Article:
'L.S.D.': The City That
Might Have Been


Consider the possibilities: It was 1967, Sergeant Pepper's Lonely Hearts Club Band was already resounding on the air waves.  Leaksville, Spray, and Draper were three small towns in Piedmont North Carolina, in the foothills of the Appalachians and near the Virginia state line.  That's right.  Leaksville, Spray, and Draper-- LSD!  

Consolidation of the three towns had been discussed by Fieldcrest Mills executives, members of the Textile Workers Union of America. and individual citizens for a good many years.  An attempt to consolidate Leaksville and Spray in March of 1959 failed and citizens displayed a wreath-shrouded tombstone at  a local church with an inscription that  read: “Consolidation is Dead.”

Many  factors influenced the second vote in September of 1967.  However, it wasn’t necessarily the consolidation as much as the name change that affected many of the people of the three communities. “They (Leaksville residents) knew if it was consolidated, the name would change," said former mayor Jones Norman to a Reidsville Review reporter (Reidsville, Leaksville, Spray and Draper are in Rockingham County).  

According to some, the area was ready for a change. Nevertheless. when the vote came on September 12, 1967, consolidation won in Leaksville by only three votes. Certainly one of the most interesting aspects of the vote on the consolidation merger was the number of write-in suggestions for the name of the newly-consolidated city. Among those submitted were Deadwood, Logtown, Bull, New City. Peyton Place, Readsville, Centerville, Chaos, and Paradise. Citizens finally decided on Eden. a name that William Byrd II of Virginia had called the area when he was surveying in the early eighteenth century.  

Yet, with all the color of names like Peyton Place, Eden, Chaos, and Paradise, the name LSD suggested by an anonymous citizen, given the times, has to rank right up there with Madison Avenue’s best efforts. Leaksville. Spray. Draper. Remember the Beatles' Lucy in the Sky With Diamonds on Sergeant Pepper?  Surely the promoters of the Monterey Pop Festival would have considered LSD, North Carolina for its next event had the town gone with the appellation L.S.D. The Counter Culture would have had to investigate a little town in North Carolina with the sophistication and daring to call itself LSD.  Scott Mackenzie might have sung:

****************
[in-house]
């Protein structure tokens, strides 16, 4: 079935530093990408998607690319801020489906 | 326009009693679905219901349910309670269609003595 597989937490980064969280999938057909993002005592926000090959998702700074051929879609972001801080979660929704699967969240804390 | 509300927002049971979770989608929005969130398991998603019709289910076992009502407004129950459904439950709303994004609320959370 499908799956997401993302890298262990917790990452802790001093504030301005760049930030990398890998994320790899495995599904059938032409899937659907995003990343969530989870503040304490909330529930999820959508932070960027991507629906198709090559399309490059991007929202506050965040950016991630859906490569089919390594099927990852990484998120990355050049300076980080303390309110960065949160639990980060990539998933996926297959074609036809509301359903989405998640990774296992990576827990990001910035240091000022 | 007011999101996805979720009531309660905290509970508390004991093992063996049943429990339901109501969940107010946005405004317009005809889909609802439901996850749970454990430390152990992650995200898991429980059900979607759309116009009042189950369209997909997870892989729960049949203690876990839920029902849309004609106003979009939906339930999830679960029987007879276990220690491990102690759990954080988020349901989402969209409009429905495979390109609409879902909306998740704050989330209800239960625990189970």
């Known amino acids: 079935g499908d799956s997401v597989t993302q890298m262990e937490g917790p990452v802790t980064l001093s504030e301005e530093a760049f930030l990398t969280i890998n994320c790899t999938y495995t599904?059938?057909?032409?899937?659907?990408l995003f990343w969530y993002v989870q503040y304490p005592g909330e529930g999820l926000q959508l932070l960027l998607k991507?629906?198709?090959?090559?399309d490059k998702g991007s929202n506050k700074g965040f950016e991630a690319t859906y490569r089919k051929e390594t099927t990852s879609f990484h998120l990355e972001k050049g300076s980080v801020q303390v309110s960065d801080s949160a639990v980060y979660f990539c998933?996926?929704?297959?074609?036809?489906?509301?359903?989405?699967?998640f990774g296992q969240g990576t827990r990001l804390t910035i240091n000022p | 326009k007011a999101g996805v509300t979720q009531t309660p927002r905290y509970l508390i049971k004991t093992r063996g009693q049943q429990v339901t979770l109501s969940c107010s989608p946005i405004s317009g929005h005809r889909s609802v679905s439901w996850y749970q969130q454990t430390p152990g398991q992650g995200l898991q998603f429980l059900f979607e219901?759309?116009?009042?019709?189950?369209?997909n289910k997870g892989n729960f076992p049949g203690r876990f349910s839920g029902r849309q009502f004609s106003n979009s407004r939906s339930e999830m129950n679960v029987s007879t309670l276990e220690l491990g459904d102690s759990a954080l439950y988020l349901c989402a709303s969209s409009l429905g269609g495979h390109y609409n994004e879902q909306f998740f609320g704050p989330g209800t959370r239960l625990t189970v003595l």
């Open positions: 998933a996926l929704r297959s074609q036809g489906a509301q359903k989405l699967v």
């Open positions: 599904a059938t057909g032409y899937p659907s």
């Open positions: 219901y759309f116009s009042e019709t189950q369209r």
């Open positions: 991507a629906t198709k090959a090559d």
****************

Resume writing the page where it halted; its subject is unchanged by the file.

"If you're going to LSD/ Be sure to wear flowers in your hair."

Unfortunately. or fortunately, depending upon how you look at it, Leaksville, Spray and Draper did not become LSD. They became Eden. But, some citizens considered the possibilities. When I left home for college in the late summer of 1967, the consolidation had not yet materialized.  

However, when I made my first visit back to what I thought was Leaksville, Spray and Draper (after September 12), I learned that my hometown was now called Eden. Over the next few years, my interest in poetry and songwriting seemed to be dominated by the writing of LSD (Leaksville. Spray, and Draper)-oriented material. In 1977 I published a book of poetry entitled Wampus Cats and Dan River Rimes which lamented the passing of Leaksville, Spray. and Draper. Having played in several rock bands in the wake of Beatlemania with my colleague Ron Martin, I was inspired to write songs about the area.

Recently, along with our group, the Wampus Cats (the wampus cat is a  legendary creature that allegedly swims in the Dan River which runs  through LSD, er...Eden). I brought out a record entitled  The Ballad of LSD  (Leaksville, Spray and Draper), which tells of the story of the consolidation of the three towns. In the past two years. Martin and I have written several songs that conjure up the past of people, places, and events related to LSD (Leaksville, Spray, and Draper).

Ron Martin's 'Olden Days” is a lyrical recreation of  life in LSD before consolidation. His Avalon is the the story of the little mill town of Avalon (west of LSD) which burned in 1911 and sent many of its citizens to the mills in LSD.  Ron and I have collaborated on The Wampus Cat Song,  which tells the tale of the fabled Wampus Cat.   

I have also been inspired by the  people and folklore of LSD.  My  Life's A Beach Girl describes a well-.known beach vacation. Lady of the Dan (Dan River) takes a trip back to the lazy, hazy days of an LSD summer, much like the summer of 1967.  Yes Virginia, There is a Tacky Branch  highlights one of  Spray's favorite geographical spots. I Love LSD  is a song that immortalizes Leaksville, Spray and Draper. It is a song that would been very much in vogue if the anonymous citizen’s suggestion, LSD, had become the city that might have been.


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